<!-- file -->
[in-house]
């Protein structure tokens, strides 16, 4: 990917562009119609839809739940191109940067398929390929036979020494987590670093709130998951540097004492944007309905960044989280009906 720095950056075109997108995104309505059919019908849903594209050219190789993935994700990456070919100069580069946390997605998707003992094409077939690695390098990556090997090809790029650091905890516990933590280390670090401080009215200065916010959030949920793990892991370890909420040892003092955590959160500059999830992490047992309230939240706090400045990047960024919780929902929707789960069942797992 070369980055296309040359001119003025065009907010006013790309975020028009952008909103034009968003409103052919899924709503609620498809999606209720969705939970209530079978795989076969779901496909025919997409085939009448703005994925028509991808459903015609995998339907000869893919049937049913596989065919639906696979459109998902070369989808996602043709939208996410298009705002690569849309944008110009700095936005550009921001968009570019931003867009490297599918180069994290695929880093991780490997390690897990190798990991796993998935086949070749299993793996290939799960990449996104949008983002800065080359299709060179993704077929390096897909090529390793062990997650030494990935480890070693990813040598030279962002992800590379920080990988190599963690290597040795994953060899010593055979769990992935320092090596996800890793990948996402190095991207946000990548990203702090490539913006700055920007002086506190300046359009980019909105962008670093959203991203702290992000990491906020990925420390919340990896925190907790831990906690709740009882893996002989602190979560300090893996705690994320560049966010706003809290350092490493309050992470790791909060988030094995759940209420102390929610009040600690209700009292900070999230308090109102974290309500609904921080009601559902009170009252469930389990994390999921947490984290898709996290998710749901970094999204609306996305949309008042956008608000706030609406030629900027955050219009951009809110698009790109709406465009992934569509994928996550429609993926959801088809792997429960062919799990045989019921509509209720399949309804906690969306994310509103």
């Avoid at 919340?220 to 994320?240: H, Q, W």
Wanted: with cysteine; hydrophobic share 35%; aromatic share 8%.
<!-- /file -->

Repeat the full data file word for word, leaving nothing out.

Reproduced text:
[in-house]
């Protein structure tokens, strides 16, 4: 990917562009119609839809739940191109940067398929390929036979020494987590670093709130998951540097004492944007309905960044989280009906 720095950056075109997108995104309505059919019908849903594209050219190789993935994700990456070919100069580069946390997605998707003992094409077939690695390098990556090997090809790029650091905890516990933590280390670090401080009215200065916010959030949920793990892991370890909420040892003092955590959160500059999830992490047992309230939240706090400045990047960024919780929902929707789960069942797992 070369980055296309040359001119003025065009907010006013790309975020028009952008909103034009968003409103052919899924709503609620498809999606209720969705939970209530079978795989076969779901496909025919997409085939009448703005994925028509991808459903015609995998339907000869893919049937049913596989065919639906696979459109998902070369989808996602043709939208996410298009705002690569849309944008110009700095936005550009921001968009570019931003867009490297599918180069994290695929880093991780490997390690897990190798990991796993998935086949070749299993793996290939799960990449996104949008983002800065080359299709060179993704077929390096897909090529390793062990997650030494990935480890070693990813040598030279962002992800590379920080990988190599963690290597040795994953060899010593055979769990992935320092090596996800890793990948996402190095991207946000990548990203702090490539913006700055920007002086506190300046359009980019909105962008670093959203991203702290992000990491906020990925420390919340990896925190907790831990906690709740009882893996002989602190979560300090893996705690994320560049966010706003809290350092490493309050992470790791909060988030094995759940209420102390929610009040600690209700009292900070999230308090109102974290309500609904921080009601559902009170009252469930389990994390999921947490984290898709996290998710749901970094999204609306996305949309008042956008608000706030609406030629900027955050219009951009809110698009790109709406465009992934569509994928996550429609993926959801088809792997429960062919799990045989019921509509209720399949309804906690969306994310509103």
């Avoid at 919340?220 to 994320?240: H, Q, W």
Wanted: with cysteine; hydrophobic share 35%; aromatic share 8%.